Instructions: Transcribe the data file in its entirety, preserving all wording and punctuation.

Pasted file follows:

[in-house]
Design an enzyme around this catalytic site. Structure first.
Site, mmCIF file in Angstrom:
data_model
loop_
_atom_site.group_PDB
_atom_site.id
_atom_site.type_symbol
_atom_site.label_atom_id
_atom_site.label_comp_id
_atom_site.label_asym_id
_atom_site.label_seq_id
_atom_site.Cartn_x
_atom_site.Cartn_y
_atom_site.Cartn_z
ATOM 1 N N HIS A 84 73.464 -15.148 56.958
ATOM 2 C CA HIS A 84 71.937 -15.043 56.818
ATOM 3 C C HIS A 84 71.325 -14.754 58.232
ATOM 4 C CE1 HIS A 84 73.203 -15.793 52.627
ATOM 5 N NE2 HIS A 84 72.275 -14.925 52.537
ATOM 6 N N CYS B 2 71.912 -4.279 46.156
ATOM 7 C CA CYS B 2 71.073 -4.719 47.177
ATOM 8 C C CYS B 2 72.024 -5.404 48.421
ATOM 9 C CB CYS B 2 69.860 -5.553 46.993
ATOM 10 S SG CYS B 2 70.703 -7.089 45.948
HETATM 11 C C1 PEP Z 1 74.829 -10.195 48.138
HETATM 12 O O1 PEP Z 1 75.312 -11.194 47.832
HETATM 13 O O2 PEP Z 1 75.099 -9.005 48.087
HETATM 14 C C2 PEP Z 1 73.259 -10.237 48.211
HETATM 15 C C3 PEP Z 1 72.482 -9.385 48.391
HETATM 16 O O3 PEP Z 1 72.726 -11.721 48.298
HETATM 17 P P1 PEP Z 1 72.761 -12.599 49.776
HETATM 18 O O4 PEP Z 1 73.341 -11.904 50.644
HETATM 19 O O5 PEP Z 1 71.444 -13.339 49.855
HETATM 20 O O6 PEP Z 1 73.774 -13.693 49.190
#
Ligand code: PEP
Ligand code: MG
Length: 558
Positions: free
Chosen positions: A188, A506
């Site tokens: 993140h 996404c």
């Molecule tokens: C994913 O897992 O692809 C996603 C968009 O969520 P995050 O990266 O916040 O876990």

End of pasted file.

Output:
[in-house]
Design an enzyme around this catalytic site. Structure first.
Site, mmCIF file in Angstrom:
data_model
loop_
_atom_site.group_PDB
_atom_site.id
_atom_site.type_symbol
_atom_site.label_atom_id
_atom_site.label_comp_id
_atom_site.label_asym_id
_atom_site.label_seq_id
_atom_site.Cartn_x
_atom_site.Cartn_y
_atom_site.Cartn_z
ATOM 1 N N HIS A 84 73.464 -15.148 56.958
ATOM 2 C CA HIS A 84 71.937 -15.043 56.818
ATOM 3 C C HIS A 84 71.325 -14.754 58.232
ATOM 4 C CE1 HIS A 84 73.203 -15.793 52.627
ATOM 5 N NE2 HIS A 84 72.275 -14.925 52.537
ATOM 6 N N CYS B 2 71.912 -4.279 46.156
ATOM 7 C CA CYS B 2 71.073 -4.719 47.177
ATOM 8 C C CYS B 2 72.024 -5.404 48.421
ATOM 9 C CB CYS B 2 69.860 -5.553 46.993
ATOM 10 S SG CYS B 2 70.703 -7.089 45.948
HETATM 11 C C1 PEP Z 1 74.829 -10.195 48.138
HETATM 12 O O1 PEP Z 1 75.312 -11.194 47.832
HETATM 13 O O2 PEP Z 1 75.099 -9.005 48.087
HETATM 14 C C2 PEP Z 1 73.259 -10.237 48.211
HETATM 15 C C3 PEP Z 1 72.482 -9.385 48.391
HETATM 16 O O3 PEP Z 1 72.726 -11.721 48.298
HETATM 17 P P1 PEP Z 1 72.761 -12.599 49.776
HETATM 18 O O4 PEP Z 1 73.341 -11.904 50.644
HETATM 19 O O5 PEP Z 1 71.444 -13.339 49.855
HETATM 20 O O6 PEP Z 1 73.774 -13.693 49.190
#
Ligand code: PEP
Ligand code: MG
Length: 558
Positions: free
Chosen positions: A188, A506
């Site tokens: 993140h 996404c």
């Molecule tokens: C994913 O897992 O692809 C996603 C968009 O969520 P995050 O990266 O916040 O876990």